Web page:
As part of a Commonweal symposium on Terrence Malick’s 2011 film, The Tree of Life, Karen Kilby argues that “theological issues around loss and death in particular are right at the heart of the film”:
How can the suffering of the innocent, the sudden, pointless loss of life, be reconciled with the love of God? The question surfaces early in the film in connection with the death of the middle son in the family, but its centrality is signaled still earlier, in a quote that stands at the very opening of the film: “Where were you when I laid the foundations of the earth?… When the morning stars sang together and all the sons of God shouted for joy?”
To see how these lines can be taken as a kind of key to much of The Tree of Life, one needs to recall their place in the Book of Job. They come near its end. Most of the book has been taken up with an extended debate between the afflicted Job and his three friends. Repeatedly Job defends his integrity, rejecting the view of his “comforters” that some transgression must be at the root of his sufferings, and repeatedly he demands that God should appear. He wants to stage a trial: he wants God to show up and justify himself, to provide an answer to the question of why the innocent suffer. And then suddenly, shockingly, God does appear, speaking from a whirlwind. But the great oddity of the book of Job is that what follows is a massive non sequitur.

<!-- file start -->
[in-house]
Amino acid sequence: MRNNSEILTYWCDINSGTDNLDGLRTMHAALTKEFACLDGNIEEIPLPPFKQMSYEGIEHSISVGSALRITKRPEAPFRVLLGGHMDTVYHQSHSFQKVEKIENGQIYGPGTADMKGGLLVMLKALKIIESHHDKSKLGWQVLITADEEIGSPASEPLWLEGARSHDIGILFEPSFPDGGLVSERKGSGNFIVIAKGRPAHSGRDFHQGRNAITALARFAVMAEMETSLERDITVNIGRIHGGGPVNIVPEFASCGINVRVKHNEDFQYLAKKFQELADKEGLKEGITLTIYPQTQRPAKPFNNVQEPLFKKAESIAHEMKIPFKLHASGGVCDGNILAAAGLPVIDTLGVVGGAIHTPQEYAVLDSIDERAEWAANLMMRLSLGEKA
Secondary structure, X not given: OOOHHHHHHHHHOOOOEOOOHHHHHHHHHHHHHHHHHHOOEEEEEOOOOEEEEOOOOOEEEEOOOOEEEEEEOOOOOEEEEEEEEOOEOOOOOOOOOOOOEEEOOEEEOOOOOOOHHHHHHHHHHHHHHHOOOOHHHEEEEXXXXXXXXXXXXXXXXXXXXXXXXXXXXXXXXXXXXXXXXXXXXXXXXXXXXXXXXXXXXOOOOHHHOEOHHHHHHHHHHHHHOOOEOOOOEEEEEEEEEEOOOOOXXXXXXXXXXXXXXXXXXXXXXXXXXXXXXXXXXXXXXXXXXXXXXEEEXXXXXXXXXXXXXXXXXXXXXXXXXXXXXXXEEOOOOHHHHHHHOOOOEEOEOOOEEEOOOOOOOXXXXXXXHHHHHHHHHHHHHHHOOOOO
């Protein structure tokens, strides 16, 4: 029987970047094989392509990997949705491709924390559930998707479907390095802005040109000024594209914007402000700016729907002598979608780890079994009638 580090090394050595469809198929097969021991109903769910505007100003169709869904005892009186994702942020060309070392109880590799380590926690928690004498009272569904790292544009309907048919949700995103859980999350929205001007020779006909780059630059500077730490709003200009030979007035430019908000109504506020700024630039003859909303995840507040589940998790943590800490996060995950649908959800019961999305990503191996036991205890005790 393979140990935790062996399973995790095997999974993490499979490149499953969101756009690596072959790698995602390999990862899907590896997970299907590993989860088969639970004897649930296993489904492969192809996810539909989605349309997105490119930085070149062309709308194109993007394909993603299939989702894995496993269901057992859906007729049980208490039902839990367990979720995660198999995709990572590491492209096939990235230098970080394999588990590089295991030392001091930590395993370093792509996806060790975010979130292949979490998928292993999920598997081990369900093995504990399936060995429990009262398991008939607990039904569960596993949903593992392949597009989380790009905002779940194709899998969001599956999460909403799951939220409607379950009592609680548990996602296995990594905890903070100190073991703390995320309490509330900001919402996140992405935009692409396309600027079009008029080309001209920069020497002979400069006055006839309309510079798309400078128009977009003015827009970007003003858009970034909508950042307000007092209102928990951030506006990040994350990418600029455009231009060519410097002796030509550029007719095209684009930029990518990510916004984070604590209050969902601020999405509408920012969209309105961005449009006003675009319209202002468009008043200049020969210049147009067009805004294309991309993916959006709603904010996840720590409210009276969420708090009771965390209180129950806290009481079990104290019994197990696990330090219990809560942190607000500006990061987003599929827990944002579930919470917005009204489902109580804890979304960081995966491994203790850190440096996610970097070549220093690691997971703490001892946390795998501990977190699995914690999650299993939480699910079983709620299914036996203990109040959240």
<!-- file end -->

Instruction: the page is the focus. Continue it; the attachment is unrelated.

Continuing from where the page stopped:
God pays no attention to questions of the injustice of the world, shows no interest in the suffering of the innocent in general, or in why Job in particular has been stricken. In fact, he seems to show no interest in humanity whatsoever. Instead he dwells boastfully, almost bombastically, on the sheer magnitude of creation, the terror and splendor of it.
What if one assumes, though, that it is not a non sequitur: what if God’s speech is not a rebuke of Job, or a rejection of his question, or a change of subject? What if one assumes that it is, in fact, somehow, a genuine answer? This, it seems to me, is part of what Malick is trying to imagine in The Tree of Life. “I want to see as you see,” prays the young Jack, and perhaps the film itself is trying to see as God sees: What does the world look like if God’s speech is not a rejection of Job’s question, but truly an answer to it?